Utilities have increasingly contracted with independent power producers for market-competitive renewables. And large buyers are increasingly moving toward PPAs, VPPAs and green tariffs.
"The big theme this year is that unbundled RECs, which have been the workhorse of the voluntary market for a long time, are slowly being overtaken by direct PPA procurement mechanisms," NREL Research Scientist and report lead author Eric O'Shaughnessy told Utility Dive. "The market is evolving toward customers, especially corporate buyers, who want to directly support new projects."
Initially, most corporate purchases were physical PPAs, but that has shifted to larger projects contracted through VPPAs, which NREL calls financial PPAs. "There are more projects built with physical PPAs, but the megawatts of capacity is bigger for financial PPAs," O'Shaughnessy said.
In 2014, WRI- and RMI-led groups formed to find ways to support an emerging appetite by large corporate buyers in the internet technology sector. In 2017, those groups became the Renewable Energy Buyers Alliance (REBA), which has a goal of adding 60 GW of corporate renewables purchases in the U.S. by 2025.
Early members of REBA agreed on a set of principles corporate renewables purchases should maintain. Projects should be new, affordable and reduce emissions. Contracts should be long term, finance-able and include utility off-take options.
Members have now built 14.08 GW of renewables in 17 states using 154 PPAs, VPPAs and green tariffs designed to incorporate the principles, REBA reported.
There are now 23 green tariffs in place, according to WRI. In the first ten months of 2018, businesses had built 678.5 MW of new renewables with them, bringing the total green tariff build to 1778.5 MW. There are another 1,070 MW being negotiated.
Green tariffs are still new, and it often takes utilities time to learn to navigate new concepts, O'Shaughnessy said. Unlike VPPAs, "green tariffs allow utilities to work with large buyers to build renewable energy projects that have local impacts in their own regulated markets. Green tariffs can also prevent large existing customers from defecting and attract new customers who want renewables options."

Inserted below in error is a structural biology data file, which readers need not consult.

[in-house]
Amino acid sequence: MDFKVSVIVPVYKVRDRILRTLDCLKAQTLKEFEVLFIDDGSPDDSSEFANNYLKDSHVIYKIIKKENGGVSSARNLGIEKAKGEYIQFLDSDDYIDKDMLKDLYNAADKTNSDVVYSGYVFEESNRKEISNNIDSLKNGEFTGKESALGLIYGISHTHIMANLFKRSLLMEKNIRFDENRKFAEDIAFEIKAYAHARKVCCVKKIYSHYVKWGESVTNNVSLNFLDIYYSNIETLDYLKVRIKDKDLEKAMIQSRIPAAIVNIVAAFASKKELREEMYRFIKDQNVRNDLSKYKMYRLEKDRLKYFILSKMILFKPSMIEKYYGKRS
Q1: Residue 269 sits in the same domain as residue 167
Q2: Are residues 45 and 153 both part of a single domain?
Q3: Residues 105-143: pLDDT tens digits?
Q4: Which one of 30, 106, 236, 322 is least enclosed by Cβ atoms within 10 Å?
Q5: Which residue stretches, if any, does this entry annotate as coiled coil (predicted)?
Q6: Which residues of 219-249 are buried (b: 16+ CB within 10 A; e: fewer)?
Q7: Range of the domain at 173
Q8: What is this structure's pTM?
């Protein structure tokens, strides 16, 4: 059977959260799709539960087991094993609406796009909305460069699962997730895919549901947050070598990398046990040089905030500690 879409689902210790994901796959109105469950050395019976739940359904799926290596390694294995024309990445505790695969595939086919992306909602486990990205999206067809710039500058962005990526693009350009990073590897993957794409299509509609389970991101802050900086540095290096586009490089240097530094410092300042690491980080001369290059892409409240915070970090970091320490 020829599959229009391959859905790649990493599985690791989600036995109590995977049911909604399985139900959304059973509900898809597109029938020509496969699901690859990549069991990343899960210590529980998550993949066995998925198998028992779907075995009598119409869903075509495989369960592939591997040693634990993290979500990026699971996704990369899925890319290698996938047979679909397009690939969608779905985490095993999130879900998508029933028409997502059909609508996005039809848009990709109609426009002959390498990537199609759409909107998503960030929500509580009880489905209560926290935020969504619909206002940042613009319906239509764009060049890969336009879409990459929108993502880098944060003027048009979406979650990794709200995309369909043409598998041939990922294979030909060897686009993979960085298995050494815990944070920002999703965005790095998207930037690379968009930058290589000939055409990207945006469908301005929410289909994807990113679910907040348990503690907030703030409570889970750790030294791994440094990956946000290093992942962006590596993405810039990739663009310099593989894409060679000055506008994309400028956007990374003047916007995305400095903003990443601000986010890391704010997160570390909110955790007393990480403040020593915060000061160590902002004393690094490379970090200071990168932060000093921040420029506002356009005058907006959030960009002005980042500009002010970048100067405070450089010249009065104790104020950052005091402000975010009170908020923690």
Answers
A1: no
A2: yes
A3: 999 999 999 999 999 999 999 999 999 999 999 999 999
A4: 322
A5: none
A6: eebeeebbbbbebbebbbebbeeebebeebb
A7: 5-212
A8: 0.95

Case study: Virtual procurement in Indiana
A project built through a VPPA by a large Indiana industrial customer shows why it is an increasingly appealing option for renewables procurement.
To date, at least 55 U.S. companies have signed over 80 VPPAs for new renewable projects, according to an RMI paper, which profiles a VPPA negotiated by Cummins Inc., an international power equipment manufacturer.
Cummins, a Fortune 500 company, targeted a 32% company-wide reduction in energy use intensity and greenhouse gas emissions intensity by 2020. After careful analysis, it moved forward with its first VPPA, choosing a portion of the output of a wind project in PJM's Indiana market.
The project is at a distance from Cummins' Indiana location in regulated investor-owned utility (IOU) Duke Energy's territory.
In its cost-benefit analysis, Cummins balanced community benefits and environmental impacts with financial risks. It started with two REBA principles: The investment had to "enable access to or help drive the development of new renewable energy projects" and "minimize the total cost to the company."
Cummins also added two requirements of its own: an identifiable "significant environmental and social impact" as well as making it clear to investors that the company was funding a locally-supported Indiana project, reducing Indiana emissions and creating Indiana jobs, RMI Associate and paper co-author Rachit Kansal told Utility Dive.